Taking the tournament under African skies was FIFA's greatest adventure yet. South Africa's people opened their doors with open arms and, though there were some steep prices being paid for accommodation, the hospitality was usually warm. "This time for Africa," bellowed Shakira's World Cup anthem "Waka Waka" from every available speaker over a calendar month.
The football took off eventually after a slow start in the opening group matches. The opening match, between the hosts and Mexico, ended in a 1-1 draw at Soccer City, and the host's second match saw them destroyed by Uruguay in Pretoria to end realistic hopes of making the round of 16. France's campaign began amid a team revolution and ended with a meek exit from the group stages. Italy, the defending champions, were embarrassed and exited with a whimper, failing to win any of their group matches.
Once into the knockout round, Spain made short work of the Portuguese while Chile's thrills were swiftly ended by Brazil. Paraguay beat Japan while the American dream was ended by the power of Ghana. Argentina's beat Mexico 3-1, to set up a quarterfinal clash against Germany. Coach Diego Maradona's queer ideas backfired heavily as the Germans ran riot with a 4-0 victory.
A greater shock was felt in Port Elizabeth, where the Netherlands dumped Brazil out. Robinho's goal looked to have set up a procession but, from there, Dunga's team stalled badly as Wesley Sneijder's brace goals ended their journey.
Luis Suarez's handball from the goal line gave Uruguay a lifeline in quarterfinal against Ghana, before his side went on to win in shootout. Penalties proved the key moments in Spain's victory over the troublesome Paraguayans at Ellis Park too.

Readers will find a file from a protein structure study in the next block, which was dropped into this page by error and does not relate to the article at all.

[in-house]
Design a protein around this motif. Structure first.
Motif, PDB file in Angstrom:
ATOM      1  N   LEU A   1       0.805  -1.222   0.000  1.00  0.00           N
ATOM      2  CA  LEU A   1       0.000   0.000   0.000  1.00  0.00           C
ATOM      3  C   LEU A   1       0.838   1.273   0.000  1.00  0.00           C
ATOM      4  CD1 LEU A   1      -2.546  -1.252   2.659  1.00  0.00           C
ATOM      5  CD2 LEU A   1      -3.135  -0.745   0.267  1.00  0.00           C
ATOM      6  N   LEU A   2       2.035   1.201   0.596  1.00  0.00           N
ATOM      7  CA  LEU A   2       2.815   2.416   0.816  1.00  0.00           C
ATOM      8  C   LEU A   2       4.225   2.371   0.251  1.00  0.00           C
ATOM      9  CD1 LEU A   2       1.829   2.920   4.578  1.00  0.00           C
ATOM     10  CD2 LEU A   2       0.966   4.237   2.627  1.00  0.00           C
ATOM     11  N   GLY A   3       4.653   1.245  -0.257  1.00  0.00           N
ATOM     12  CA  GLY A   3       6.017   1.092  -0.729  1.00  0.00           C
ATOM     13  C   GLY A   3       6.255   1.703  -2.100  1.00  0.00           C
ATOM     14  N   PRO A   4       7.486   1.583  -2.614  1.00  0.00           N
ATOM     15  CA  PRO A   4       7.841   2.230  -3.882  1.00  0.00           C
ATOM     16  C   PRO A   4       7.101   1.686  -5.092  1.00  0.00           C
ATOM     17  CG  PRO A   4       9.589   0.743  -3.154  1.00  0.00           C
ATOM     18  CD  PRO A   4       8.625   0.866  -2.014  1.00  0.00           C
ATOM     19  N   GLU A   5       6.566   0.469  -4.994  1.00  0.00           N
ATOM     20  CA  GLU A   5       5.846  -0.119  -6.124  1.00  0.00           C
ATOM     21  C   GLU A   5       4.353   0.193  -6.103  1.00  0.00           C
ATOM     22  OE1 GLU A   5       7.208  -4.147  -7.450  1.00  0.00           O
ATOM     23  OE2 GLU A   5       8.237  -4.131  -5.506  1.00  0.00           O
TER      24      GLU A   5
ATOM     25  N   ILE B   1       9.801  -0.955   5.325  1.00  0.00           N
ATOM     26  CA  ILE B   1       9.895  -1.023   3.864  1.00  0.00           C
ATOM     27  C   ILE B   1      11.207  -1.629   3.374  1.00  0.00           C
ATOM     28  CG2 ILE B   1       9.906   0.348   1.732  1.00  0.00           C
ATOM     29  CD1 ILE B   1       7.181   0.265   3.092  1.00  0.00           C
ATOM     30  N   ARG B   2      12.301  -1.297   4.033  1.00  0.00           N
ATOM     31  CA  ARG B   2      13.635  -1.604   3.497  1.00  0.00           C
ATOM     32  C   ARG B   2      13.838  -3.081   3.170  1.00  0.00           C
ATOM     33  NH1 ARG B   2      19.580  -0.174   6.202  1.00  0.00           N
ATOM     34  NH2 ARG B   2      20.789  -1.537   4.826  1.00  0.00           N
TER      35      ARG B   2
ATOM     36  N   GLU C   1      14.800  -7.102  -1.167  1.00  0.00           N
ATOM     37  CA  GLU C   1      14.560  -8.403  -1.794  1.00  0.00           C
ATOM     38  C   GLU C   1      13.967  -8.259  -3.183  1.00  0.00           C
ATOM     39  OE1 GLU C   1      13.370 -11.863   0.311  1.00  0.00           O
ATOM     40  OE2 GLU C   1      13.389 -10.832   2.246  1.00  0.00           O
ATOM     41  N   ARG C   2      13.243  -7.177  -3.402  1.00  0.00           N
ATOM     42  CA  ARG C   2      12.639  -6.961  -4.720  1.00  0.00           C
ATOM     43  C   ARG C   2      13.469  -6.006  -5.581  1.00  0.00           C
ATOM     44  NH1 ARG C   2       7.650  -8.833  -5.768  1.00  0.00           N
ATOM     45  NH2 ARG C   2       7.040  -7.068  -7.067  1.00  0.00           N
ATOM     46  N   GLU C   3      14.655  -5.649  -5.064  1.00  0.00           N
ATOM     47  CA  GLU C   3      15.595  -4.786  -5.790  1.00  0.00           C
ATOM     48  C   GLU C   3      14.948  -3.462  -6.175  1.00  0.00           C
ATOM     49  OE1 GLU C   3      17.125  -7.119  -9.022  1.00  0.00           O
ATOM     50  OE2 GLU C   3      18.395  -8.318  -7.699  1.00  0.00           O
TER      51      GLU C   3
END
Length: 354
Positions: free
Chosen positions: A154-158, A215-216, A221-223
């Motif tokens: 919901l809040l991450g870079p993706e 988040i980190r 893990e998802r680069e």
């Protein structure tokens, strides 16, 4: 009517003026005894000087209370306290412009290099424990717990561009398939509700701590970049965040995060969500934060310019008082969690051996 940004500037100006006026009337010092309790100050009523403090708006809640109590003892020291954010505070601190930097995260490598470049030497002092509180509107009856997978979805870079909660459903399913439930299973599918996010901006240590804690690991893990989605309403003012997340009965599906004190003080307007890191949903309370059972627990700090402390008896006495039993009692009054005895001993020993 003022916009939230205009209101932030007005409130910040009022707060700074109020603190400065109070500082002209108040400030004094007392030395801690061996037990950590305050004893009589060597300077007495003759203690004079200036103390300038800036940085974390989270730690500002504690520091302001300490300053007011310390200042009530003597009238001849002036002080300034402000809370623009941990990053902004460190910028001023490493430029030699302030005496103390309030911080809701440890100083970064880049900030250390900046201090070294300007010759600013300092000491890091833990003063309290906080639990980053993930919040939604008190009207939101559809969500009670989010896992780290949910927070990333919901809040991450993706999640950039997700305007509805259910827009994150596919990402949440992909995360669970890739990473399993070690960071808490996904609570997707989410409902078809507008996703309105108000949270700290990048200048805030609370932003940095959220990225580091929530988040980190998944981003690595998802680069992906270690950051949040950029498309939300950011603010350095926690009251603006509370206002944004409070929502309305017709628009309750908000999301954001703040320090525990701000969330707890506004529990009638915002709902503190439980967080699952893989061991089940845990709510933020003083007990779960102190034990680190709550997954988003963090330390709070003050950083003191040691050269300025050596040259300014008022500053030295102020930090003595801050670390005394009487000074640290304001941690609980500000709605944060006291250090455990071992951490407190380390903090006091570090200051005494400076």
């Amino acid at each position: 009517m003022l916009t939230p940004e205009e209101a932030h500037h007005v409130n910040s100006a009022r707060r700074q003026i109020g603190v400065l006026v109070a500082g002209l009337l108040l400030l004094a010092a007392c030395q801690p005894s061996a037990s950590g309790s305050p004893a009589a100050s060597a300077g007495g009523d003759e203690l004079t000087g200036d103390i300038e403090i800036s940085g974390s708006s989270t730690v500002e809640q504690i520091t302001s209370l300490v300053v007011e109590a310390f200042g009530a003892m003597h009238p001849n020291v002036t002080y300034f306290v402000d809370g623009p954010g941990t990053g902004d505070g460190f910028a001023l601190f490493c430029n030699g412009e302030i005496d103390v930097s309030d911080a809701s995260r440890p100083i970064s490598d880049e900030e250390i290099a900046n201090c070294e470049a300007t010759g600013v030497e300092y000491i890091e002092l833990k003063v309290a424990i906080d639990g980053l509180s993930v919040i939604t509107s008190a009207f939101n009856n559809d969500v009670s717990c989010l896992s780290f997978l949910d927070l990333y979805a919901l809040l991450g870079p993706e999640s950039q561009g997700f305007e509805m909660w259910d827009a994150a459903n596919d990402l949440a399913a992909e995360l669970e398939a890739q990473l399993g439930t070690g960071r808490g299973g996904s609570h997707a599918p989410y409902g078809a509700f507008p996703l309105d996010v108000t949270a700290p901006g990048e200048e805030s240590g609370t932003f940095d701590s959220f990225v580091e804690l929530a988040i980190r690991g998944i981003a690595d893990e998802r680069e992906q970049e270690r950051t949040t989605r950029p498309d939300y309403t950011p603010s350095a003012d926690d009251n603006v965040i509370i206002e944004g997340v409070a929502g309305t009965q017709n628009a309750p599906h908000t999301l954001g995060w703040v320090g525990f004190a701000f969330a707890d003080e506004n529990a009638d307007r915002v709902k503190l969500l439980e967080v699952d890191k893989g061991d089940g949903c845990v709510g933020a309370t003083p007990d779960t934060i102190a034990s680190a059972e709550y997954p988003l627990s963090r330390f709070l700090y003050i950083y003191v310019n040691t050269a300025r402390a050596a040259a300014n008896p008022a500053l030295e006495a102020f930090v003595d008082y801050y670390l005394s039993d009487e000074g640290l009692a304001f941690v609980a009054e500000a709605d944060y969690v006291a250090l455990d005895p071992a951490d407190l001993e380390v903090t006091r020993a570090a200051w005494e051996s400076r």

A repeat of Euro 2008's final took place in the semis in Durban, and for the Germans it was very much a similar story to that in Vienna. Spain were now beating a beguiling rhythm with their tiki-taka, and Carles Puyol scored the header that took them to their first ever final.
There, they would join the Dutch, who won out in a thriller with Uruguay in Cape Town. It ended in a 3-2 win for the Dutch, but Diego Forlan scored the type of goal that landed him the award of the tournament's best player from journalists.
The final was an ugly and cagey affair. Any flowing football was abandoned for a Dutch cynicism that was probably borne of an attempt to throw off Spain's passing game. The Dutch continued their brutality, and the Spanish acted up. Robben's break on the hour took him past the Spanish defence, before Casillas' leg outstretched stopped an unconvincing shot. Extra time came, and eventually Spain's dominance of possession finally paid off when Andres Iniesta dispatched the ball past Maarten Stekelenburg for the decider.
Spain, who had won every knockout game 1-0, had been much the superior team in the tournament after surviving that early blow against the Swiss. La Roja's possession game had the effect of dizzying opponents, so that no more than a singular goal was ever required. World Cup winners for the first time, they were now both continental and global champions.
FACTS & FIGURES
Runners-up: The Netherlands
Leading Scorers: Diego Forlan(URU),Thomas Mueller (GER),Wesley Sneijder (NED),
David Villa (SPA) -- 5